Wal-Mart adds drugs to generics program
BENTONVILLE, Ark. —The prescription drug and healthcare marketplace can expect Wal-Mart to be a disruptive force in the future as it targets what company executives characterize as inefficiency in the industry’s supply chain landscape and inflated margin structure as a growth opportunity and a highly visible way to lend credibility to its “save money, live better,” branding initiative.
The most recent evidence of this strategic direction came late last month when Wal-Mart announced an expansion of its $4 generic drug program. The flat-rate pricing initiative roiled the prescription drug industry last year when it was launched on a test basis in September and taken national in November.
Since then, Wal-Mart contends it has saved Americans nearly $614 million dollars by offering more than 330 prescription products at $4. The change, announced on Sept. 27, adds 24 products and a new $9 pricing tier, as three birth control and fertility products now are available. The combination of the program entering its second year and the addition of new medicines will result in “massive” savings to consumers, according to Wal-Mart executive vice president and chief operating officer Bill Simon, who alluded to the possibility of future pricing initiatives when he vowed to “continue to drive this segment until the tipping point is reached.”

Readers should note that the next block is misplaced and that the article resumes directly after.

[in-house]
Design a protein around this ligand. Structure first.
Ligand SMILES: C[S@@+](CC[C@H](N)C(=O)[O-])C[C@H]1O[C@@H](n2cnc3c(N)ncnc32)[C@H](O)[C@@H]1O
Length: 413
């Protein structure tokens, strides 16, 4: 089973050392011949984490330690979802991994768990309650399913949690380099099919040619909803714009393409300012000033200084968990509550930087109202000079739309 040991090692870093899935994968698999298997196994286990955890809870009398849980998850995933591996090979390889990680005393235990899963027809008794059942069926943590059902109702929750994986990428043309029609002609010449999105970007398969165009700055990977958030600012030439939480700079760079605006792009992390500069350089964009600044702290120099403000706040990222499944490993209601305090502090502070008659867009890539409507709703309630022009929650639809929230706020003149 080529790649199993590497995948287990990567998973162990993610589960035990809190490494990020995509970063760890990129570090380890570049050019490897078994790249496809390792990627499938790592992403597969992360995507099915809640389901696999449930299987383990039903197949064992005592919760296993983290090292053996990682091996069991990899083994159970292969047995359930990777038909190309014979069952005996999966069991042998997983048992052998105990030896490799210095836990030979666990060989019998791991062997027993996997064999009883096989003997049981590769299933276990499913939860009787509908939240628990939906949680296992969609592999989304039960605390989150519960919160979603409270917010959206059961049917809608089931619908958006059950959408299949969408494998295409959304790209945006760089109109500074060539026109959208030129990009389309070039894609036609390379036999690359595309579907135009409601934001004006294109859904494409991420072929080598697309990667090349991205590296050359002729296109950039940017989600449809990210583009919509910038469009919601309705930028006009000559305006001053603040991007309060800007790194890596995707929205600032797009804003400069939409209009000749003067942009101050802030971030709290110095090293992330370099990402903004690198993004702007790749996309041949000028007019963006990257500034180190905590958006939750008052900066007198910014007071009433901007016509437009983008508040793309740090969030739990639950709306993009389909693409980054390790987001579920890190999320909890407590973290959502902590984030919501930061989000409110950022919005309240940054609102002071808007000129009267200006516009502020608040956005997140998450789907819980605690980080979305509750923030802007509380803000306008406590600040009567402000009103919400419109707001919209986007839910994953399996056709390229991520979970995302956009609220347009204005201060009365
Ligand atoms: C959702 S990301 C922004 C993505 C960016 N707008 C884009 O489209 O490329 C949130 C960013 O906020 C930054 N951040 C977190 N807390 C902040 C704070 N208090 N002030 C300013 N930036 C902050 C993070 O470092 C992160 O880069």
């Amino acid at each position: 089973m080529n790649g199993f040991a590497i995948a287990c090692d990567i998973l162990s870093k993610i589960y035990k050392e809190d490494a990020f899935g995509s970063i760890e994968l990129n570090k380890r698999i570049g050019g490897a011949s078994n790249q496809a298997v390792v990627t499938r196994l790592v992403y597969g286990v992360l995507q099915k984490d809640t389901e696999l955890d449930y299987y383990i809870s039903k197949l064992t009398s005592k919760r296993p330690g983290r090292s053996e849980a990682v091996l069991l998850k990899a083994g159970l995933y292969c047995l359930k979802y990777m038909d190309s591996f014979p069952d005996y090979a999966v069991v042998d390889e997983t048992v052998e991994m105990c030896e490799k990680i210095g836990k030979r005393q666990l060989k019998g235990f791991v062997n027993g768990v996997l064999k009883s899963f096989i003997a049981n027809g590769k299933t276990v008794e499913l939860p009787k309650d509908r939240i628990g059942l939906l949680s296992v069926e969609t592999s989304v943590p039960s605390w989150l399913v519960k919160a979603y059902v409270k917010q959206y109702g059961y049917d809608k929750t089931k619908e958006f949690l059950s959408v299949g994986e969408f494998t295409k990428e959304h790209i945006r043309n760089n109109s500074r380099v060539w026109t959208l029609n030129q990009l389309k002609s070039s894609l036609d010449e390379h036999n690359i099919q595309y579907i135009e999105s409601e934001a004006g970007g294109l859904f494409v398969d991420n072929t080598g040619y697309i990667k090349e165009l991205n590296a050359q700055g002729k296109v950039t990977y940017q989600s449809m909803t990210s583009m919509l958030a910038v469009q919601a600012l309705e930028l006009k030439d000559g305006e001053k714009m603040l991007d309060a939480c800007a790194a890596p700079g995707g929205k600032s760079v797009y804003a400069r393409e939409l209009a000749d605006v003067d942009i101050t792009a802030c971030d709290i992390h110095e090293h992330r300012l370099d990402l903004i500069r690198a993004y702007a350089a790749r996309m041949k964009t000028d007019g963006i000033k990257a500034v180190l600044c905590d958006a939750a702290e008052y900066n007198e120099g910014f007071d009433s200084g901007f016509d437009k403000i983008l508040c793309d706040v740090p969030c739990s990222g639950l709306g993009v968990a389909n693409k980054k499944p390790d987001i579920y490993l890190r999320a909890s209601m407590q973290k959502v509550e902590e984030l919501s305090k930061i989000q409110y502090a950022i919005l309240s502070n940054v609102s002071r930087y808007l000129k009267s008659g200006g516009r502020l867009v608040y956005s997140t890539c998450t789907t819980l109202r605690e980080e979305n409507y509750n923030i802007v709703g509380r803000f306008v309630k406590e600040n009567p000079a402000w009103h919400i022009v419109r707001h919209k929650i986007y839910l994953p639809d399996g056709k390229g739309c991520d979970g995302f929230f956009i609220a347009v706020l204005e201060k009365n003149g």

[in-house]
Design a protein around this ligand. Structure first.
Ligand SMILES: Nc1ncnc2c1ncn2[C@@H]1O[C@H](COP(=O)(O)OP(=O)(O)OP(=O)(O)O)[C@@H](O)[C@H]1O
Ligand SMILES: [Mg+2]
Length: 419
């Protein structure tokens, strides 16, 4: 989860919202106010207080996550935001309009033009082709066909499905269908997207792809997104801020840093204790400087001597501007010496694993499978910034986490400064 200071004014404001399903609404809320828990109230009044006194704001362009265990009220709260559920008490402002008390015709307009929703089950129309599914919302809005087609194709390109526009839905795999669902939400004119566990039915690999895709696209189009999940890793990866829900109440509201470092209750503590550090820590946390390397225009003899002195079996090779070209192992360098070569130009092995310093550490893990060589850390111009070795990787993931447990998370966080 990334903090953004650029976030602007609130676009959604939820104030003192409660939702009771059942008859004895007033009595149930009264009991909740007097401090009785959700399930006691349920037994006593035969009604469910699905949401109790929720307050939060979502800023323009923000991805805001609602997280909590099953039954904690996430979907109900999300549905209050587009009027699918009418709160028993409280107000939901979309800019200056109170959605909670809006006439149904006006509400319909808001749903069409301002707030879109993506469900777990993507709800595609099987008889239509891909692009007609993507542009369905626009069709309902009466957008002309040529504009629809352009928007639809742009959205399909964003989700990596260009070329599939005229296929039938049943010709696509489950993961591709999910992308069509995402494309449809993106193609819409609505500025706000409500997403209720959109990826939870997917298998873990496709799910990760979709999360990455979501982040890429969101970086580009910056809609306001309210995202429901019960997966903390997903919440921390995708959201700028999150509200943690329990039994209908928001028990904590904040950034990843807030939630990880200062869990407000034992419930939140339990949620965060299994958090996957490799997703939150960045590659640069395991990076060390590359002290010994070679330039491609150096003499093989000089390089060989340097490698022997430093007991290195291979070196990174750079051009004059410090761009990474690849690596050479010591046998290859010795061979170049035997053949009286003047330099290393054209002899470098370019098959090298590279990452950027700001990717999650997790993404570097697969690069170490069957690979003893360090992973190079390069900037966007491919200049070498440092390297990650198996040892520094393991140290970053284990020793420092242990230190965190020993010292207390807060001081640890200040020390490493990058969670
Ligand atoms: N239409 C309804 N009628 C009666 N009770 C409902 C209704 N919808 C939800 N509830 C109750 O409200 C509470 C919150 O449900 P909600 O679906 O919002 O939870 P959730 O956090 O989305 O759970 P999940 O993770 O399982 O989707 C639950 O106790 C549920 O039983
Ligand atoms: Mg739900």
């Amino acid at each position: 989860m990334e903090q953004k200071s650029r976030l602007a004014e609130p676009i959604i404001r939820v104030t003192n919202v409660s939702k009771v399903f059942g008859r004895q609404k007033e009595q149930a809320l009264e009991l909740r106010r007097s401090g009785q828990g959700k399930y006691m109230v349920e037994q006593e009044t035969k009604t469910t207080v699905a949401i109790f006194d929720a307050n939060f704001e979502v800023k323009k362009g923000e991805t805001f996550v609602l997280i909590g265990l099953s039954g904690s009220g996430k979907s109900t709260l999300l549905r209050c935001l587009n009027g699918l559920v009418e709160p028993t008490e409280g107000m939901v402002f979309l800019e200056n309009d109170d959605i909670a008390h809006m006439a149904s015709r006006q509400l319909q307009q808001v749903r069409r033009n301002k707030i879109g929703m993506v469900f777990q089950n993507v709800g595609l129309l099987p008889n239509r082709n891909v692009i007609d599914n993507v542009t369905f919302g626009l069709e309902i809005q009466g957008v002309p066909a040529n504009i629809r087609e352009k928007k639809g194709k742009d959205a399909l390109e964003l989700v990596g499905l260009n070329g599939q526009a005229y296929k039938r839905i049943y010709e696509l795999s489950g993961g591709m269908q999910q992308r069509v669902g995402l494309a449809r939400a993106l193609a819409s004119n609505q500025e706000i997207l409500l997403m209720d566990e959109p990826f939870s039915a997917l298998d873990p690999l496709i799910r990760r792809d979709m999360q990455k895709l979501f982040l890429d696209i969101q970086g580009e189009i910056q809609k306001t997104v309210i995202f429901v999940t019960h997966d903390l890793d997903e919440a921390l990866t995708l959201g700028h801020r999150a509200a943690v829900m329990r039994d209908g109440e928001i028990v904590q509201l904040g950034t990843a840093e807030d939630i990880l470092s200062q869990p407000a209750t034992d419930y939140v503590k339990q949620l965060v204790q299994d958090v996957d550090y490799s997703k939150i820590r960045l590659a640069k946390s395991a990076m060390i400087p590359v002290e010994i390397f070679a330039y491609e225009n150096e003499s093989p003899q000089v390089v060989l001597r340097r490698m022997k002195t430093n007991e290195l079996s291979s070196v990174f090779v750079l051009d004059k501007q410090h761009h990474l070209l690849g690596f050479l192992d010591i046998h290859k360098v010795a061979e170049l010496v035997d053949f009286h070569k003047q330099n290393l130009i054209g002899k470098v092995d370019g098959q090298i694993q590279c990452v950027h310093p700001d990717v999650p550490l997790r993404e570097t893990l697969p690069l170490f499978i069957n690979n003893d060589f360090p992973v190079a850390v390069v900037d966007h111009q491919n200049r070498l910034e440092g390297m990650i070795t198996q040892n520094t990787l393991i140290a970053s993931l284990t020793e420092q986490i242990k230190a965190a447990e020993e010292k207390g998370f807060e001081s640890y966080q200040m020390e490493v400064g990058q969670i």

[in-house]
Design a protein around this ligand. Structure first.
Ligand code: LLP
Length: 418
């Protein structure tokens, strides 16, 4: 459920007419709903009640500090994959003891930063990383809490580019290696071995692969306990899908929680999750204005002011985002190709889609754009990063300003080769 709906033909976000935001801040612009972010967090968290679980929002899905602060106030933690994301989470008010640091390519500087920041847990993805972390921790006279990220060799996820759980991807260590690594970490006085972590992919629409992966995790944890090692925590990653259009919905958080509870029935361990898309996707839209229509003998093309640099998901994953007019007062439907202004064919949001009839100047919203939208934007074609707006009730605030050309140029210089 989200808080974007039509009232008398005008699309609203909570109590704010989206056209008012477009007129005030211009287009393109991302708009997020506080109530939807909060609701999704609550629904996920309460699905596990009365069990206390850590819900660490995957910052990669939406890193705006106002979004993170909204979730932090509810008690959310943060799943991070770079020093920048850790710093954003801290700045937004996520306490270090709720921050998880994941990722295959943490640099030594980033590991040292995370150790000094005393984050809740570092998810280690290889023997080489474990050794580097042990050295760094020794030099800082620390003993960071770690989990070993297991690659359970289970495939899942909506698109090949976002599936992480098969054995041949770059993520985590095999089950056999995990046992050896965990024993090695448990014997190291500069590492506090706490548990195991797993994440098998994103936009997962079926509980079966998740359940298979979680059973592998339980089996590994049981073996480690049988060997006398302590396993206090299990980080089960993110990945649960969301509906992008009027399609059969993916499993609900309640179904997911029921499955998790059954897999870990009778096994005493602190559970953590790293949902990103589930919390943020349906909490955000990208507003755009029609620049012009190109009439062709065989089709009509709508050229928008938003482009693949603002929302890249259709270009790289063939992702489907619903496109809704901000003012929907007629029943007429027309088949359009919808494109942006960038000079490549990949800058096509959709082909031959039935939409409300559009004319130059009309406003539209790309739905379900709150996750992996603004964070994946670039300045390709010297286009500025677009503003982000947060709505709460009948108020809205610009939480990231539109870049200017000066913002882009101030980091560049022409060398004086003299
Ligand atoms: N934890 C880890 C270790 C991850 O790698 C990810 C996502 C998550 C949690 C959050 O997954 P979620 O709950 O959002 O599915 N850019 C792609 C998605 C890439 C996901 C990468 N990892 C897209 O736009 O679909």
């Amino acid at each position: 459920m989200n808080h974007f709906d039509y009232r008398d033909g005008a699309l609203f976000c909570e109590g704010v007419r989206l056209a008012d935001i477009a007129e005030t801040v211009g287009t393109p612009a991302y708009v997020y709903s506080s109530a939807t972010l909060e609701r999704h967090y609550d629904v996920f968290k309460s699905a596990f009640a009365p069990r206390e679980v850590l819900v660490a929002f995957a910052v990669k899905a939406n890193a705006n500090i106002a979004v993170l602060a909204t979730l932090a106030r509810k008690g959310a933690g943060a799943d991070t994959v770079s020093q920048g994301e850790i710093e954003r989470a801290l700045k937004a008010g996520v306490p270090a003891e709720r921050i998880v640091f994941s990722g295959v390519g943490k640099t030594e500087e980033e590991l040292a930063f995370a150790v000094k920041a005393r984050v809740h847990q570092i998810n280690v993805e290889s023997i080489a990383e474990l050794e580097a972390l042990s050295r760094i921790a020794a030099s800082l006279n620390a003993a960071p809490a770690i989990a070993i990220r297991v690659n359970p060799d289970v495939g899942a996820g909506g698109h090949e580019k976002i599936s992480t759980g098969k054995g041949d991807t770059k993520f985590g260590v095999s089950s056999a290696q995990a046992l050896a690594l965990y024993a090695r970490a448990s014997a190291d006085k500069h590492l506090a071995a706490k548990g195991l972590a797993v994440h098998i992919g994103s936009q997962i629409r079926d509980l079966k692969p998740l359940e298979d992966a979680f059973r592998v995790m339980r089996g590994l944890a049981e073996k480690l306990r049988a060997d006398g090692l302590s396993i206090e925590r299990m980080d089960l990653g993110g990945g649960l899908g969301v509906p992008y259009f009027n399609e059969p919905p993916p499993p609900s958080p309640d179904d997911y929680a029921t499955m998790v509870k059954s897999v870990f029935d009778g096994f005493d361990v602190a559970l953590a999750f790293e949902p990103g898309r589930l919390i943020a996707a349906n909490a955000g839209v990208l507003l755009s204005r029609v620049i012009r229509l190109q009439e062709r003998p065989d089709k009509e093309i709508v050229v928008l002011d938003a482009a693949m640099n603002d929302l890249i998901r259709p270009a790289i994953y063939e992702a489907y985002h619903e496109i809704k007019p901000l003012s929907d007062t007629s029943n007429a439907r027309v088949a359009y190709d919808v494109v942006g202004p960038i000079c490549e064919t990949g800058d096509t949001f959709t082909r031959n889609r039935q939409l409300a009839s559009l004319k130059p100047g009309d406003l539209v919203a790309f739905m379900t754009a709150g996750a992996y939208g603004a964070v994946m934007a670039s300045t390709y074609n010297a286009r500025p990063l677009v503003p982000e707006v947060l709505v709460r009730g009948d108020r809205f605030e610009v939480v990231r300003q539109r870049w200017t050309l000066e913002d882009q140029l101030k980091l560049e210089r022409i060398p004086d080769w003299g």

But in terms of the impact on the retail pharmacy industry at large, it is expected to be minimal, as many industry watchers still regard the program as a “media stunt” designed to steal headlines for a company subject to frequent criticism and organized opposition, and drive favorable publicity that is well-aligned with its corporate messaging around saving people money so they can live better.